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Featured Tax and Budget

Governor Signs Measure Paring Down Per Diem

Tennessee lawmakers living within a 50-mile radius of the Capitol can expect to see their daily lodging allowances drop in a couple years.

Gov. Bill Haslam signed House Bill 80 into law Friday. It won’t impact sitting legislators — only those elected in 2014 forward. The provisions of the bill cover 25 Middle Tennessee House districts and nine Senate districts.

The final House vote was 77-16, with 20 members whose districts will be affected voting in favor of the legislation. Of the 15 Democrats who voted against the change, only four of them will be affected. The other six Democrats whose districts are impacted voted yes, while all of the 12 Republicans voted yes. Rep. Brenda Gilmore, D-Nashville, did not vote at all. (See Votes by Legislators Affected by Per Diem box below.)

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Gilmore was paid $13,215.85. Of the House districts that will be impacted, that was the highest in travel and per diem expenses in 2012.(See chart below for how much affected representatives received in cumulative travel and per diem expenses in 2012.)

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Of all the Senate districts to be affected, Sen. Bill Ketron, R-Murfreesboro, had the highest travel and per diem expenses at almost $15,000. Sen. Douglas Henry of Nashville, who has served for 42 years in the Senate, received $8,953.62, but the veteran Democrat returns all of his expense payments back to the state, according to Legislative Administration’s website. (See chart below for how much affected senators received in cumulative travel and per diem expenses in 2012.)

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According to the new law’s fiscal note, HB80 would save the state $253,616, based on figures from in 2012, when 33 legislators lived within 50 miles of the Capitol. The savings will come primarily from the ineligibility of lawmakers whose primary residence is within a 50-mile radius of the Capitol to automatically receive $107 a day for a hotel room. Instead, they will receive receive mileage reimbursement at 46 cents a mile.

In addition, legislators who live within Davidson County will be able to calculate their round-trip mileage to the Capitol and receive reimbursement for it, something they are currently unable to do.

Unlike current statute, which allows the 34 lawmakers affected to receive mileage for only one round-trip per week, the new statute would apply to each legislative day in Nashville or any day, except Friday, that the lawmaker participates in any other activity in Nashville, but would be limited to one round trip per day.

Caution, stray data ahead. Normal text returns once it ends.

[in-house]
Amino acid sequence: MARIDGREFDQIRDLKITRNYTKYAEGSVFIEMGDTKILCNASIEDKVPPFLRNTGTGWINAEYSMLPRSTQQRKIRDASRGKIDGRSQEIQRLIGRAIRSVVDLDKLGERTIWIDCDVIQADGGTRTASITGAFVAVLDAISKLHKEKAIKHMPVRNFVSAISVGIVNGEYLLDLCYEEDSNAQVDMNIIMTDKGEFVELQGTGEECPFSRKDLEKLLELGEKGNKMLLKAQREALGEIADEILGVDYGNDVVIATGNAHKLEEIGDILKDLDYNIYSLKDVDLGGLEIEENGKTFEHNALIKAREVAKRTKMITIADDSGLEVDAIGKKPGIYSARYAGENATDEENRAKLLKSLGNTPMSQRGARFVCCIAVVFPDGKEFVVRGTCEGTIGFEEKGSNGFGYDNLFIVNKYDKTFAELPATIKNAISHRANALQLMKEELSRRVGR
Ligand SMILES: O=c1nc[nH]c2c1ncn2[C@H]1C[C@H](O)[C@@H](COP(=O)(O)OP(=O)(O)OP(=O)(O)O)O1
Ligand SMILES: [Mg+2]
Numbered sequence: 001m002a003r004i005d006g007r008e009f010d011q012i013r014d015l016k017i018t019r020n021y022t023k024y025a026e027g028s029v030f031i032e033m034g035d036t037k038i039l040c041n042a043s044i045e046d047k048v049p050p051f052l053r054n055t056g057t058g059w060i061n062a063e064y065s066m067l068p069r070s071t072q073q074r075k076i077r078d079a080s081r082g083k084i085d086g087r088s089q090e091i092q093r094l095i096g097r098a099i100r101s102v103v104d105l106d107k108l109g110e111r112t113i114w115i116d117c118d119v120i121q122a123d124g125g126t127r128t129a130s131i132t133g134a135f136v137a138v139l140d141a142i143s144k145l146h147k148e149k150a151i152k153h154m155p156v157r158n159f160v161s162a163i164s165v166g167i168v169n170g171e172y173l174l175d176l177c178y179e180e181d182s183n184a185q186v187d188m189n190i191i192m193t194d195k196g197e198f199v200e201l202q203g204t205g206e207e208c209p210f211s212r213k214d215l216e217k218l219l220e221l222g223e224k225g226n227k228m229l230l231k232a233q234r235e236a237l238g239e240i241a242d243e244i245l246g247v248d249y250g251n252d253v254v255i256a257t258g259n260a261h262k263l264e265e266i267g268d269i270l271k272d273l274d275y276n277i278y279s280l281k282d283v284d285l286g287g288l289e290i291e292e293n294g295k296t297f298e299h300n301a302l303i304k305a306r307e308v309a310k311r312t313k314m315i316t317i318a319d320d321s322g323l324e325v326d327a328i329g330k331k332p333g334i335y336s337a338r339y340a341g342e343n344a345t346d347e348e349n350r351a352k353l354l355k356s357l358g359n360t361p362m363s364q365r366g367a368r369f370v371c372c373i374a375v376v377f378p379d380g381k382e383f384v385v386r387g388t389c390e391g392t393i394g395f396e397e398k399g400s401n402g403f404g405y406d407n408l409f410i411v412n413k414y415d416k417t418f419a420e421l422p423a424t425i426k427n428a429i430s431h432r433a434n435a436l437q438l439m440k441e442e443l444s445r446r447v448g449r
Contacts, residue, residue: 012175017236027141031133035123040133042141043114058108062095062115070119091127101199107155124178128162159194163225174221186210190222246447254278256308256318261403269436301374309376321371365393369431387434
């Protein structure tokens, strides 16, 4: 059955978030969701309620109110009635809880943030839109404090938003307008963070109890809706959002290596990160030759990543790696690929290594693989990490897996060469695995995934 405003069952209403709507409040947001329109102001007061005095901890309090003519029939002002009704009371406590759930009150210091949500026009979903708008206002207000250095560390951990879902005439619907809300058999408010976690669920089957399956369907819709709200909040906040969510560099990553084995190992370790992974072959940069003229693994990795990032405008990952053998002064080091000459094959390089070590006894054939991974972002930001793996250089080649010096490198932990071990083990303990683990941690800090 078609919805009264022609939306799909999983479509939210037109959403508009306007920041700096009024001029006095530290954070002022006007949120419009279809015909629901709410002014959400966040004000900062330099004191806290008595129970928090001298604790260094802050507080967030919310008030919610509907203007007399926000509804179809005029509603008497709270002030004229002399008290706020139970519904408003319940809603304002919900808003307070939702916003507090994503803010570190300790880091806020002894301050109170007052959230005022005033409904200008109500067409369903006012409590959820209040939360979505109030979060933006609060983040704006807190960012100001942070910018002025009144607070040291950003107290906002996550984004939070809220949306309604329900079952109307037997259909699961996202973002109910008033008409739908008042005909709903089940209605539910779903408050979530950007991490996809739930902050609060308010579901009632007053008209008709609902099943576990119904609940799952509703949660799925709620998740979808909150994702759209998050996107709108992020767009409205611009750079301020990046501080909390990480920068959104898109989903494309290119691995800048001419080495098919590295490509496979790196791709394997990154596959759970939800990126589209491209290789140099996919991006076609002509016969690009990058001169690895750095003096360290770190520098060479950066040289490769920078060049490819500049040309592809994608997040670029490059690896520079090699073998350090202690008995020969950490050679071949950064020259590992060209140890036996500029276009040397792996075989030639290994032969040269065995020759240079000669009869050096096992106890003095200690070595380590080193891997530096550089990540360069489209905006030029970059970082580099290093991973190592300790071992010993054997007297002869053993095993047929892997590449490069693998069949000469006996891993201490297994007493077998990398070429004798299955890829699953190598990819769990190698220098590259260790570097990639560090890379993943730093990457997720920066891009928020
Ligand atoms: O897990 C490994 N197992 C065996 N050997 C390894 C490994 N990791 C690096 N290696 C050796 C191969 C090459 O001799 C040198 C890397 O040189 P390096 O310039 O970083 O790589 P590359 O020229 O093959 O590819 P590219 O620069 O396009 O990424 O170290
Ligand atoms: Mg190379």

All legislators will continue to receive $66 per day for meals and incidentals.

There are two methods for logging their legislative time in order to receive their allowed expenses.  One is by attending committee meetings or legislative sessions in the House or Senate, which records this attendance automatically. The other method is filling out paperwork with the details of what they did that day. These documents must receive approval from the House or Senate speaker.

Lawmakers who live within the 50-mile radius will still be allowed to stay overnight and be paid the $107 for lodging – provided they receive prior approval from the speaker of their respective chamber.

For more on the history of this issue, which dates back more than five years, go to TNReport.com and search the archives using the phrase “per diem.”

To find out your legislators’ per diems, as well as mileage payments and travel spending, go to the Legislative Administration website. While some legislators may not claim the allowance for every day they work, it will give you a rough idea. The online data goes back to 2009.

If you’re not sure who your representative or senator is, type in your address at this “Find My Legislator” database, and you’ll find out.

Amelia Morrison Hipps may be reached at amhipps@downhomepolitics.com, on Twitter @DwnHomePolitics or at 615-442-8667.

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Liberty and Justice NewsTracker

Controversial Livestock Abuse Legislation Passes House, Goes to Governor

After almost two hours of debate, a contentious livestock-abuse reporting bill cleared the state House of Representatives Wednesday with the minimal vote necessary for a chamber majority, 50-42-2.

The legislation requires individuals who record cruelty to livestock to submit those unedited images to law enforcement within 48 hours or face being charged with a Class C misdemeanor.

Tennessee Code Annotated defines livestock as “all equine as well as animals which are being raised primarily for use as food or fiber for human utilization or consumption, including, but not limited to, cattle, sheep, swine, and goats.” The bill does not apply to dogs, cats or chickens, although some argued it should.

Passage in the House was a hard-fought battle on the part of House Bill 1191 sponsor, Rep. Andy Holt, who has argued from the beginning that the purpose of the bill is stop animal abuse as soon as possible.

“How long do you think an animal should have to suffer before the perpetrator is brought to justice?” the Republican from Dresden asked in his closing remarks before the vote. “I particularly believe we should bring that individual to justice as quickly as possible. Others, who oppose this bill, feel like four, five, six months is appropriate, and I completely and wholeheartedly disagree.”